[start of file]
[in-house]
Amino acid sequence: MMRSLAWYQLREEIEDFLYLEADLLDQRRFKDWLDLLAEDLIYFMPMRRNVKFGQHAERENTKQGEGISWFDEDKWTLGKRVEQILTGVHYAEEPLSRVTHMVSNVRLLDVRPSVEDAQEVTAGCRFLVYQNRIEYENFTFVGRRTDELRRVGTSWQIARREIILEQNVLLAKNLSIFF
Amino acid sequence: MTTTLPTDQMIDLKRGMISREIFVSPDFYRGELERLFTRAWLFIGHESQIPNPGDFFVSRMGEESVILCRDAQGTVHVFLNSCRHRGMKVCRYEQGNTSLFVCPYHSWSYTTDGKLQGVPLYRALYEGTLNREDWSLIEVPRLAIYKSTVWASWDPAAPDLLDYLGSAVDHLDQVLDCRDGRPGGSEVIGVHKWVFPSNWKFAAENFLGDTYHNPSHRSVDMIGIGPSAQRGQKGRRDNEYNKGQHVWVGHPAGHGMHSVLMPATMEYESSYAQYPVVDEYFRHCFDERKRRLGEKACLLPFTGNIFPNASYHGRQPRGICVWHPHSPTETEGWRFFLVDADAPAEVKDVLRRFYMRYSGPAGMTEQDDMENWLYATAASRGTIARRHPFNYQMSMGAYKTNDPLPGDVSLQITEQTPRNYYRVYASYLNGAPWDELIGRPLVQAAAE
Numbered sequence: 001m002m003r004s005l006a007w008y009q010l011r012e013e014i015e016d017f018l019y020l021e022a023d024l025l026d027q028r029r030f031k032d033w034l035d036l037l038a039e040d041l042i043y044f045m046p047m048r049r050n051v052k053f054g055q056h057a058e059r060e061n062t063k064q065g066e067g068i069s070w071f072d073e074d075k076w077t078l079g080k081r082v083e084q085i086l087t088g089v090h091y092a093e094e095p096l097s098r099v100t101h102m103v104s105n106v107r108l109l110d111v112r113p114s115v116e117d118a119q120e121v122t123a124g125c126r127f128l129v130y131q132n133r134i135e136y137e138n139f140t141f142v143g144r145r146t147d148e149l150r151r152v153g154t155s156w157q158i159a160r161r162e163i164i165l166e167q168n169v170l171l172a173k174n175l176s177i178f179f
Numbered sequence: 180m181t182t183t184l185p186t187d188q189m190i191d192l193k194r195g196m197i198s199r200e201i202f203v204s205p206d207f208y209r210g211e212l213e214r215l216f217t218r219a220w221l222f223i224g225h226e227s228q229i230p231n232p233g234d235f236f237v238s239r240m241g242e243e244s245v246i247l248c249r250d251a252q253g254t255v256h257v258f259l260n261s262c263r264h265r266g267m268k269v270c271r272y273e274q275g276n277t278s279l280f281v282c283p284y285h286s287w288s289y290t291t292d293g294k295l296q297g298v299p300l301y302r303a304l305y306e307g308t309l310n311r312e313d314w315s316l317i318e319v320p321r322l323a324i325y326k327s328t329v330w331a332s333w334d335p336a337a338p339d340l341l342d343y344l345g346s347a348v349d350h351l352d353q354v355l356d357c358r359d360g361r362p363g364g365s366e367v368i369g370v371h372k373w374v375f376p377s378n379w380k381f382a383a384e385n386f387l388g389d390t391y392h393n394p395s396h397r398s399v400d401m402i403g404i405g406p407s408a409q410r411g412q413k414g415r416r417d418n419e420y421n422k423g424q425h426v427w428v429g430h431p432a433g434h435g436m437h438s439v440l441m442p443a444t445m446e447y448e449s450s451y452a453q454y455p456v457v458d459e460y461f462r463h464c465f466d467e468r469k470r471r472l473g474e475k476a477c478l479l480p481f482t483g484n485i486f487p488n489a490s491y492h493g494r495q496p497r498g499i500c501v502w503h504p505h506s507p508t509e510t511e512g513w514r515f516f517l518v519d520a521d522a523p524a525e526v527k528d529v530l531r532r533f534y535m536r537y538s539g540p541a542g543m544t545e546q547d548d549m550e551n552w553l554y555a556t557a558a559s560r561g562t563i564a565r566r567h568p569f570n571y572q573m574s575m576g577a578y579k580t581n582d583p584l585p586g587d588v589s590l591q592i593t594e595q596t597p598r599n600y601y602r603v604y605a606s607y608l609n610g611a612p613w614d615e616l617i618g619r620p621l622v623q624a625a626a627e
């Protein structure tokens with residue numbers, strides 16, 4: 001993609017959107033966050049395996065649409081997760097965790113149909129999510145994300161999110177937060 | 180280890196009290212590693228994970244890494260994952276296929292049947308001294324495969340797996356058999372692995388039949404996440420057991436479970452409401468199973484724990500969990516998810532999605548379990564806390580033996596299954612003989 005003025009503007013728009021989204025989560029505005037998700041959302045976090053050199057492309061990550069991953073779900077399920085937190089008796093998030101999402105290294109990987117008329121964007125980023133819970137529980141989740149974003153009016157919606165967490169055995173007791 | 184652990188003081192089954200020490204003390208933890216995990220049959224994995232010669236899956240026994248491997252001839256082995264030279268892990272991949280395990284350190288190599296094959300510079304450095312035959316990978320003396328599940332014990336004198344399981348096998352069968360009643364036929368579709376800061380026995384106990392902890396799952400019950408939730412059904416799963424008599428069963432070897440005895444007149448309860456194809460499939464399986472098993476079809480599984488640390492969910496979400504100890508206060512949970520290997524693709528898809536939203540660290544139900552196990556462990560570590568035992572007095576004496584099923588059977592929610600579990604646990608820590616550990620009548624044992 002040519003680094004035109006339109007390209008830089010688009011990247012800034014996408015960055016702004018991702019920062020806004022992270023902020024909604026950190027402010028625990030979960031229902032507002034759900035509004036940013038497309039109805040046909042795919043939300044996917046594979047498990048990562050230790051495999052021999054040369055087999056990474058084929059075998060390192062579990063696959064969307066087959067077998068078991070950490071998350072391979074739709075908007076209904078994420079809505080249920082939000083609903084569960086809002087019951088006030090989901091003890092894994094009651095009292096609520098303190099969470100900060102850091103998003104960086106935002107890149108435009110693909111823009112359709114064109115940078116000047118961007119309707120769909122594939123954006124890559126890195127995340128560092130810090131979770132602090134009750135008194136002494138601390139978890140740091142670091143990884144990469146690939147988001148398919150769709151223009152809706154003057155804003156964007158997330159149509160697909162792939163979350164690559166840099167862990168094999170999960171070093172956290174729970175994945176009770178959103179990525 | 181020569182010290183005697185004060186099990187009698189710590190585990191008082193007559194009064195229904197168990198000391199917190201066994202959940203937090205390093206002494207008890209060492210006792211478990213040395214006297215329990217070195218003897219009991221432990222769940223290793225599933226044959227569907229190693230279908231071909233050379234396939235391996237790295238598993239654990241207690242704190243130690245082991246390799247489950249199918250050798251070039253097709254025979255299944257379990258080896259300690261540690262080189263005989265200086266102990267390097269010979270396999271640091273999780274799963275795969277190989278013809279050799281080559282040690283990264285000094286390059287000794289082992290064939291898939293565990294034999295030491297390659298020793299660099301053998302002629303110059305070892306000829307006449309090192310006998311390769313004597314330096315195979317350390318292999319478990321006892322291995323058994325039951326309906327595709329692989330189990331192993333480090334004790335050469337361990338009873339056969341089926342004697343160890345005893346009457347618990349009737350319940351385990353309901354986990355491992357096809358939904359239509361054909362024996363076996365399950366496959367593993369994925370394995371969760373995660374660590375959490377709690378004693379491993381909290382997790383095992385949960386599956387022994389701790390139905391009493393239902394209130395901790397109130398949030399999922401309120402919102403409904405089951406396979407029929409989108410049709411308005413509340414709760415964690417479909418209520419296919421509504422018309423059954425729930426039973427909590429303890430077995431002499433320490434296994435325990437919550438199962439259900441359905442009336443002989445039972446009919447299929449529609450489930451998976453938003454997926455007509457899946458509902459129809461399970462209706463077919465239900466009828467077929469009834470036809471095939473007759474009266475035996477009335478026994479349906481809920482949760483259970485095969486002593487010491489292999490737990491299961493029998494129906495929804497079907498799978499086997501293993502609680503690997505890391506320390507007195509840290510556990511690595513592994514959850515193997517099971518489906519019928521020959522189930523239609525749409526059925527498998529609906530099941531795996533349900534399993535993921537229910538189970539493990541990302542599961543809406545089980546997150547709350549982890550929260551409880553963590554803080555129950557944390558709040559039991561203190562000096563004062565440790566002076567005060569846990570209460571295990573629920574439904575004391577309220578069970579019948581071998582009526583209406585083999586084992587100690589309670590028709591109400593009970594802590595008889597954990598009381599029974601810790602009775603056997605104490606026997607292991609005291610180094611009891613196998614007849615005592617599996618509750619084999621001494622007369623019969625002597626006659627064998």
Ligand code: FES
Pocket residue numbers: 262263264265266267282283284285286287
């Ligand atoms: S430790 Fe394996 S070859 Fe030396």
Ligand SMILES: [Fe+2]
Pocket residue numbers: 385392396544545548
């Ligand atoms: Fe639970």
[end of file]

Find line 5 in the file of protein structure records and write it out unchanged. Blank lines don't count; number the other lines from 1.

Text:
Numbered sequence: 180m181t182t183t184l185p186t187d188q189m190i191d192l193k194r195g196m197i198s199r200e201i202f203v204s205p206d207f208y209r210g211e212l213e214r215l216f217t218r219a220w221l222f223i224g225h226e227s228q229i230p231n232p233g234d235f236f237v238s239r240m241g242e243e244s245v246i247l248c249r250d251a252q253g254t255v256h257v258f259l260n261s262c263r264h265r266g267m268k269v270c271r272y273e274q275g276n277t278s279l280f281v282c283p284y285h286s287w288s289y290t291t292d293g294k295l296q297g298v299p300l301y302r303a304l305y306e307g308t309l310n311r312e313d314w315s316l317i318e319v320p321r322l323a324i325y326k327s328t329v330w331a332s333w334d335p336a337a338p339d340l341l342d343y344l345g346s347a348v349d350h351l352d353q354v355l356d357c358r359d360g361r362p363g364g365s366e367v368i369g370v371h372k373w374v375f376p377s378n379w380k381f382a383a384e385n386f387l388g389d390t391y392h393n394p395s396h397r398s399v400d401m402i403g404i405g406p407s408a409q410r411g412q413k414g415r416r417d418n419e420y421n422k423g424q425h426v427w428v429g430h431p432a433g434h435g436m437h438s439v440l441m442p443a444t445m446e447y448e449s450s451y452a453q454y455p456v457v458d459e460y461f462r463h464c465f466d467e468r469k470r471r472l473g474e475k476a477c478l479l480p481f482t483g484n485i486f487p488n489a490s491y492h493g494r495q496p497r498g499i500c501v502w503h504p505h506s507p508t509e510t511e512g513w514r515f516f517l518v519d520a521d522a523p524a525e526v527k528d529v530l531r532r533f534y535m536r537y538s539g540p541a542g543m544t545e546q547d548d549m550e551n552w553l554y555a556t557a558a559s560r561g562t563i564a565r566r567h568p569f570n571y572q573m574s575m576g577a578y579k580t581n582d583p584l585p586g587d588v589s590l591q592i593t594e595q596t597p598r599n600y601y602r603v604y605a606s607y608l609n610g611a612p613w614d615e616l617i618g619r620p621l622v623q624a625a626a627e